What do you call a person who sticks to you and try to be friend with you while you don’t like them very much but he or she keeps sticking to you and it really bothers you?
closed as off-topic by Lawrence, lbf, JJJ, Cascabel, Rand al'Thor Apr 7 at 15:51
This question appears to be off-topic. The users who voted to close gave this specific reason:
- "Questions on choosing an ideal word or phrase must include information on how it will be used in order to be answered. For help writing a good word or phrase request, see: About single word requests" – Lawrence, lbf, Cascabel, Rand al'Thor
Several words come to mind:
- parasite ( One who habitually takes advantage of the generosity of others without making any useful return.)
- leech (One that preys on or clings to another; a parasite.)
- barnacle (A person or thing that is difficult to get rid of)
All three words are highly metaphorical, but I find the third word quite apt for a person who clings to you and wants to be a friend but whom you have no intention of befriending.
You could also say that the person who wants to be your friend but will never be has established a non-symbiotic relationship with you. Symbiosis involves mutual benefit, whereas the relationship you describe has no beneficial mutuality, since it is all "one way."
Word History: The word barnacle is known from as far back as the early 13th century. At that time it did not refer to the crustacean, as it does today, but only to the species of waterfowl now more often known as the barnacle goose; more than 300 years went by before barnacle was used to refer to the crustacean. One might well wonder what the connection between these two creatures is. The answer lies in natural history.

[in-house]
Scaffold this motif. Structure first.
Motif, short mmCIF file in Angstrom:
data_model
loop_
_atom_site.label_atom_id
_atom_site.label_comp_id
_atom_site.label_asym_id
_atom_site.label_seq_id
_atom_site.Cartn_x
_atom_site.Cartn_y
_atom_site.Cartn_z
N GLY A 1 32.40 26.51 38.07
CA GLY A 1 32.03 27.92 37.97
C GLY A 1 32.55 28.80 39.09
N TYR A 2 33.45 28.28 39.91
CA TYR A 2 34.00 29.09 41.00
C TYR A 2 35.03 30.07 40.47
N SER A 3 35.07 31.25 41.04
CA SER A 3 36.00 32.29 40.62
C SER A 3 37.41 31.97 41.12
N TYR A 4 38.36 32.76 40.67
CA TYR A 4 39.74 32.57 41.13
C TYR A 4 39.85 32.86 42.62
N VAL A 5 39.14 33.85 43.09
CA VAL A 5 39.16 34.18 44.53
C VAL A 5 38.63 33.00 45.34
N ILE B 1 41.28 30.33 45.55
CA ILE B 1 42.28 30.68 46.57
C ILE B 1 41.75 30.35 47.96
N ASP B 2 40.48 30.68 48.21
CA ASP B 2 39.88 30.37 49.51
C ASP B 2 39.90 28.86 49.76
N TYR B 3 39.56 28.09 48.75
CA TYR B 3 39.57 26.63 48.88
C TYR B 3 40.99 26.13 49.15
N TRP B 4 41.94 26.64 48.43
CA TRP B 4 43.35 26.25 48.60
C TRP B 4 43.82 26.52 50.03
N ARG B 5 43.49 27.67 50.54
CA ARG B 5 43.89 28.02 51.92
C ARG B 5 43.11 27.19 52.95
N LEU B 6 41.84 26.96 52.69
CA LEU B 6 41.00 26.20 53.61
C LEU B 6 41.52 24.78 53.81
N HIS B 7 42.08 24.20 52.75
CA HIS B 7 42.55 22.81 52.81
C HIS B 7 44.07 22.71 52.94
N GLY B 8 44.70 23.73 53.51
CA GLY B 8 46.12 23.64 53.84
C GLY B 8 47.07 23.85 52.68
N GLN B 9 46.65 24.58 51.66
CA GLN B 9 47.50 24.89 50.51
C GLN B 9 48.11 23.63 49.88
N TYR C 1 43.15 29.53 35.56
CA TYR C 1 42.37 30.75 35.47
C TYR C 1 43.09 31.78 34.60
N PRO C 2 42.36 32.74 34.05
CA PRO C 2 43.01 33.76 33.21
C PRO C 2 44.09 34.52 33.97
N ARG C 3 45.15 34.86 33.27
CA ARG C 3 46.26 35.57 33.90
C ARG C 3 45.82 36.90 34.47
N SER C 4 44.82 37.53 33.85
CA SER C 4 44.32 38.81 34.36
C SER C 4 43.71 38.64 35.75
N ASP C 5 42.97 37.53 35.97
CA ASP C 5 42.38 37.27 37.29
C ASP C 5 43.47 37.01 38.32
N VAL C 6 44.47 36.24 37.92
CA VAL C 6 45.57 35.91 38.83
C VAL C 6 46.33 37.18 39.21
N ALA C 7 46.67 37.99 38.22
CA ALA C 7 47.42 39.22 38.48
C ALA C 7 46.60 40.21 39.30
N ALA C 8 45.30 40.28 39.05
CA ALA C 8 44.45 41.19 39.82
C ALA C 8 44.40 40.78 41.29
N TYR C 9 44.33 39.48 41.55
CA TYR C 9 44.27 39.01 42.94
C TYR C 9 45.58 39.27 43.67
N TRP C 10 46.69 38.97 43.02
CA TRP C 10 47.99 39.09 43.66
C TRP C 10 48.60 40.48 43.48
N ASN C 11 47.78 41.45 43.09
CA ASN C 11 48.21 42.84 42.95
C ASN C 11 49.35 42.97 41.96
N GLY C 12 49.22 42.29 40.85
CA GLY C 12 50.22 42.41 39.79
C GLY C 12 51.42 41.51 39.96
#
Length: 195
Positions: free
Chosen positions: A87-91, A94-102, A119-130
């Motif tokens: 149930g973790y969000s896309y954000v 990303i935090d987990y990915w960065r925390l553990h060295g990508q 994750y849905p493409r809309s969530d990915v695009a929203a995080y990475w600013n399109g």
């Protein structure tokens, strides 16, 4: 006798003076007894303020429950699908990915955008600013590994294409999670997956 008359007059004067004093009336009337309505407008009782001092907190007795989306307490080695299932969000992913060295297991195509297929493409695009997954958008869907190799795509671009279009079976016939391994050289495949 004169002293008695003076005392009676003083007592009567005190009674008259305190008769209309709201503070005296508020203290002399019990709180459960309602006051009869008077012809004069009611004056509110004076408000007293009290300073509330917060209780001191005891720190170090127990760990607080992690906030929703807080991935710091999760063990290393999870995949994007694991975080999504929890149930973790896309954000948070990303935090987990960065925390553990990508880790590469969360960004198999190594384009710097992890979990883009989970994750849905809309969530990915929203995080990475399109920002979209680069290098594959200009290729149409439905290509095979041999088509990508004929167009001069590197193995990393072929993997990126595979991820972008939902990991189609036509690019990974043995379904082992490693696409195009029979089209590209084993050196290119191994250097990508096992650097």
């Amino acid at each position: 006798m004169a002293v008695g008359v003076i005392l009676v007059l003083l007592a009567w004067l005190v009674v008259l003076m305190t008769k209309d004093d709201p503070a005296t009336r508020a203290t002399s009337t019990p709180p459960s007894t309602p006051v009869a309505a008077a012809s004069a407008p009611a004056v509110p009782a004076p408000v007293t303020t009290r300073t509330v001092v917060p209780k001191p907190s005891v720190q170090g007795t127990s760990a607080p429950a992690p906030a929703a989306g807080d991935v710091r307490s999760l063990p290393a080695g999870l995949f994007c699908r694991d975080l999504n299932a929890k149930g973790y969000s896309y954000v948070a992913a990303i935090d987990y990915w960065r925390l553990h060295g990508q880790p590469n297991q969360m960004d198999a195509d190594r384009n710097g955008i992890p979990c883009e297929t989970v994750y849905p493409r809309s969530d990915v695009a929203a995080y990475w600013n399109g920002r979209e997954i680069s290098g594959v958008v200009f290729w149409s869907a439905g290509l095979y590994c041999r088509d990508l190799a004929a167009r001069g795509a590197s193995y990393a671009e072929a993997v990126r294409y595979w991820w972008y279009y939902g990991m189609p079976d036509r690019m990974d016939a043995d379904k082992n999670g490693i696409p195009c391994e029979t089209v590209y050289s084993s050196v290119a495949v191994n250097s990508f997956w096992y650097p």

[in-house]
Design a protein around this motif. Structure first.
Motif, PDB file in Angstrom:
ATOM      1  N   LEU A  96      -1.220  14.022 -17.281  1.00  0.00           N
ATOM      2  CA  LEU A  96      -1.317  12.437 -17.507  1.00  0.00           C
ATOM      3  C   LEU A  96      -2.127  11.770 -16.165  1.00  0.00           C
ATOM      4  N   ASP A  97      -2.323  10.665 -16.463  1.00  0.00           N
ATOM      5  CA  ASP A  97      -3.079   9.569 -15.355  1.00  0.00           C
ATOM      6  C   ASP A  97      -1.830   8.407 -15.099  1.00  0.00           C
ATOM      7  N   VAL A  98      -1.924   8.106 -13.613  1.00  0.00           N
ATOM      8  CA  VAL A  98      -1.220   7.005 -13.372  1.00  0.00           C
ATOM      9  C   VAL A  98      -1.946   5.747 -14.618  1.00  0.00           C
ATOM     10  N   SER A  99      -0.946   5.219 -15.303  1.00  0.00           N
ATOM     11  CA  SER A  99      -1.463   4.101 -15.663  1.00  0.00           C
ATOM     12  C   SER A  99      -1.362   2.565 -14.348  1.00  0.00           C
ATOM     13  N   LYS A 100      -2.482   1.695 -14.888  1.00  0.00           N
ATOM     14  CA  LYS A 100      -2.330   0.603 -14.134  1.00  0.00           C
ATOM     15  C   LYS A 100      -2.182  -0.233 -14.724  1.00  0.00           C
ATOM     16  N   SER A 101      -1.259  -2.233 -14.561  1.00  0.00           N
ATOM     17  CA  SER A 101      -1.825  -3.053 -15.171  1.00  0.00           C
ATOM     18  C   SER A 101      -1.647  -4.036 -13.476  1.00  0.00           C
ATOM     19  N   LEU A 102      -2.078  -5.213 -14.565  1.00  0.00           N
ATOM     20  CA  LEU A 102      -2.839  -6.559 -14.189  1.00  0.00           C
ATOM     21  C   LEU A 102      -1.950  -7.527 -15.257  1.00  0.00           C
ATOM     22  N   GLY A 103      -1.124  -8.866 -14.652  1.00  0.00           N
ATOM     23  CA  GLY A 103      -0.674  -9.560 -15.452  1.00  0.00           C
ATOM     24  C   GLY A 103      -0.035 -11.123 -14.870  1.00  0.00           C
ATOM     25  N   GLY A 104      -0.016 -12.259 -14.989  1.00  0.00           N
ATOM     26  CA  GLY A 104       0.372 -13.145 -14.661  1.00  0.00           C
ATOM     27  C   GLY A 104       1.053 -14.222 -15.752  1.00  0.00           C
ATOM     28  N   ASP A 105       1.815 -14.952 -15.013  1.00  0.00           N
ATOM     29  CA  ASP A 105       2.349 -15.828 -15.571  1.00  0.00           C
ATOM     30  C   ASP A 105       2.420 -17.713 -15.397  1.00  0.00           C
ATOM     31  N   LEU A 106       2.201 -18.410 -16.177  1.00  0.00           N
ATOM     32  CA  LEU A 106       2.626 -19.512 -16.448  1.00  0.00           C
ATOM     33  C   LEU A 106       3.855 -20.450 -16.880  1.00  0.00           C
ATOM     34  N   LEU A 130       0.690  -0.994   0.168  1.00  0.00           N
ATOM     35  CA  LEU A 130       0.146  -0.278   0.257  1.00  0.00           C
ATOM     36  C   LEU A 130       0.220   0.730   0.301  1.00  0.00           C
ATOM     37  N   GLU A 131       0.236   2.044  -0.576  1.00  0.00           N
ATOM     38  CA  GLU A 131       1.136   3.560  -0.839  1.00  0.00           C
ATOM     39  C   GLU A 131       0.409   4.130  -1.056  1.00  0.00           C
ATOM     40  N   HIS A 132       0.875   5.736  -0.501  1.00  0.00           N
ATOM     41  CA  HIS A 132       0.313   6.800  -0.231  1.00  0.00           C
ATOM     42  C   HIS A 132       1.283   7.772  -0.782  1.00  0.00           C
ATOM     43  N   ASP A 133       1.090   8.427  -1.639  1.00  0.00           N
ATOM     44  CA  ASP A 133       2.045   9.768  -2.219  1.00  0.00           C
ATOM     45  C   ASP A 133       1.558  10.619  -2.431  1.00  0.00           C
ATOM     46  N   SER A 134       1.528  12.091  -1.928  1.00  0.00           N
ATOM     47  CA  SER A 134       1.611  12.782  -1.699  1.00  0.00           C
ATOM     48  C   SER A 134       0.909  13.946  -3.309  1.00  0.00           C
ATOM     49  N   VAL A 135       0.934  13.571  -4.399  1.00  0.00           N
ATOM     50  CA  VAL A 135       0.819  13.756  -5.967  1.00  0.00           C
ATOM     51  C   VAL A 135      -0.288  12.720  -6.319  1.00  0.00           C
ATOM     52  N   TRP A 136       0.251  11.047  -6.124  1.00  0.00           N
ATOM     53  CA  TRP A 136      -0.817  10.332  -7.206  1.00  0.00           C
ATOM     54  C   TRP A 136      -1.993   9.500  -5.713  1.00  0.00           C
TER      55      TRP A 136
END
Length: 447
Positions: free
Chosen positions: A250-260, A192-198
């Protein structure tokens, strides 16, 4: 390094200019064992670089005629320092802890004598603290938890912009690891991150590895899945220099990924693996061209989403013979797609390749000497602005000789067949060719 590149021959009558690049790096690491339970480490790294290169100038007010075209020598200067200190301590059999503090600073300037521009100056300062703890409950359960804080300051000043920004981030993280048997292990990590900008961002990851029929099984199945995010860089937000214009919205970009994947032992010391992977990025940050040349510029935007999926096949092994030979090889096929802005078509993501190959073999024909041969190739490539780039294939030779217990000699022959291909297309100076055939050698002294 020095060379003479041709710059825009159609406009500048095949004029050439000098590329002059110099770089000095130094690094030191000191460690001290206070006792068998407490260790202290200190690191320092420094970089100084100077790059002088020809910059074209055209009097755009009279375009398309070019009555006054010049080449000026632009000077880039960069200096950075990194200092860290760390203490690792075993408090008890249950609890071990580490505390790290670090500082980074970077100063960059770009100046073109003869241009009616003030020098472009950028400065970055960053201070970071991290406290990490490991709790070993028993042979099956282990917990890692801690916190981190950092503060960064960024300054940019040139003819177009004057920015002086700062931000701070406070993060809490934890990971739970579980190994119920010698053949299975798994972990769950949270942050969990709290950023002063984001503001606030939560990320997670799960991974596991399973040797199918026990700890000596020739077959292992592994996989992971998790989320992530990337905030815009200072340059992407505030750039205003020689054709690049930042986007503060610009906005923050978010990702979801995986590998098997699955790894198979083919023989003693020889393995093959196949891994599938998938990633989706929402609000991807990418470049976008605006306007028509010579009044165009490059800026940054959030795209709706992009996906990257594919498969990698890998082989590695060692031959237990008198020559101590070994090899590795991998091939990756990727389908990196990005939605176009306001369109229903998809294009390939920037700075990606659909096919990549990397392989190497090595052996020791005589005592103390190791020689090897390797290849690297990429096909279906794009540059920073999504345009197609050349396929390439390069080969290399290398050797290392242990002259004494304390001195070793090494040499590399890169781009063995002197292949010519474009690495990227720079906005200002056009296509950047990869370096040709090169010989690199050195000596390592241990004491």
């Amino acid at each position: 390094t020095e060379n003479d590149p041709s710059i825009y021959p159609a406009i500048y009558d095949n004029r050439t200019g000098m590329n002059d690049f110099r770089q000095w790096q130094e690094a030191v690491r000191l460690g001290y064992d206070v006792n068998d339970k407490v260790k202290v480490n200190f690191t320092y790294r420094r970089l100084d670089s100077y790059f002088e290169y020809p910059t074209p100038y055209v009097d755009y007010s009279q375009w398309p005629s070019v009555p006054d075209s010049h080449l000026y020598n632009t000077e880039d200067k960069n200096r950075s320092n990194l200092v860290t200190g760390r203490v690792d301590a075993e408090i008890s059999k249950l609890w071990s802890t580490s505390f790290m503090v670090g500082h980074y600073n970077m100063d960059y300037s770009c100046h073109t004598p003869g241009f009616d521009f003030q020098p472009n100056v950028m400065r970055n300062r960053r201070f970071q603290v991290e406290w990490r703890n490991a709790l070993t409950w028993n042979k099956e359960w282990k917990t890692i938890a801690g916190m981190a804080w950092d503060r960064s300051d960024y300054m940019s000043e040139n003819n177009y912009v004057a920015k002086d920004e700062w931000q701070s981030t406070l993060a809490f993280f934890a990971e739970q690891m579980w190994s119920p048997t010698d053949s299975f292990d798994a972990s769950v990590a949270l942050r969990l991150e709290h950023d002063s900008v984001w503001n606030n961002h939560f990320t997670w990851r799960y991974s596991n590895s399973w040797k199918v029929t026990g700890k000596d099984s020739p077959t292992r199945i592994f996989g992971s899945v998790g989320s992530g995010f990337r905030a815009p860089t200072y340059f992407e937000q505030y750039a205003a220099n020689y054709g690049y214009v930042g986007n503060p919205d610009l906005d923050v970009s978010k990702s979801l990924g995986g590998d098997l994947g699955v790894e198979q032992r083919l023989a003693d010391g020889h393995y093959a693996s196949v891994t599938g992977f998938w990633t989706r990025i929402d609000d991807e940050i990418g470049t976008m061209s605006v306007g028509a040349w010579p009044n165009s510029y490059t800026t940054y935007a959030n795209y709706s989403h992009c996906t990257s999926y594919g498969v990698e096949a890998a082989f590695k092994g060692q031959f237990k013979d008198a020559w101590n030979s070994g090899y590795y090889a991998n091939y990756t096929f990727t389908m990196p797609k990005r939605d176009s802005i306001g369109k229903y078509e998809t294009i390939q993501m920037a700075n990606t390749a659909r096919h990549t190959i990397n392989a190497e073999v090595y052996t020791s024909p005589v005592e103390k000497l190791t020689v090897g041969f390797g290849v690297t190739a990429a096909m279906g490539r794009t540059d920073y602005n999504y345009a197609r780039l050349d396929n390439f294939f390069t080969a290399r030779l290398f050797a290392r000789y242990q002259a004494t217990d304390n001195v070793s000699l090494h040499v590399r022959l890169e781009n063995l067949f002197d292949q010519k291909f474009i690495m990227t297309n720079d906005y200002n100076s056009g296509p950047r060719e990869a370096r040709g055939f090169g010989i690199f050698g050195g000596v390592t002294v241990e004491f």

Until fairly recent times, it was widely believed that certain animals were engendered spontaneously from particular substances. Maggots, for instance, were believed to be generated from rotting meat. Because the barnacle goose breeds in the Arctic, no one at that time had ever witnessed the bird breeding; as a result, it was thought to be spontaneously generated from trees along the shore, or from rotting wood. Wood that has been in the ocean for any length of time is often dotted with barnacles, and it was natural for people to believe that the crustaceans were also engendered directly from the wood, like the geese. In fact, as different as the two creatures might appear to us, they share a similar trait: barnacles have long feathery cirri that are reminiscent of a bird's plumage.
This led one writer in 1678 to comment on the "multitudes of little Shells; having within them little Birds perfectly shap'd, supposed to be Barnacles [that is, barnacle geese]." In popular conception the two creatures were thus closely linked. Over time the crustacean became the central referent of the word, and the bird was called the barnacle goose for clarity, making barnacle goose an early example of what we now call a retronym.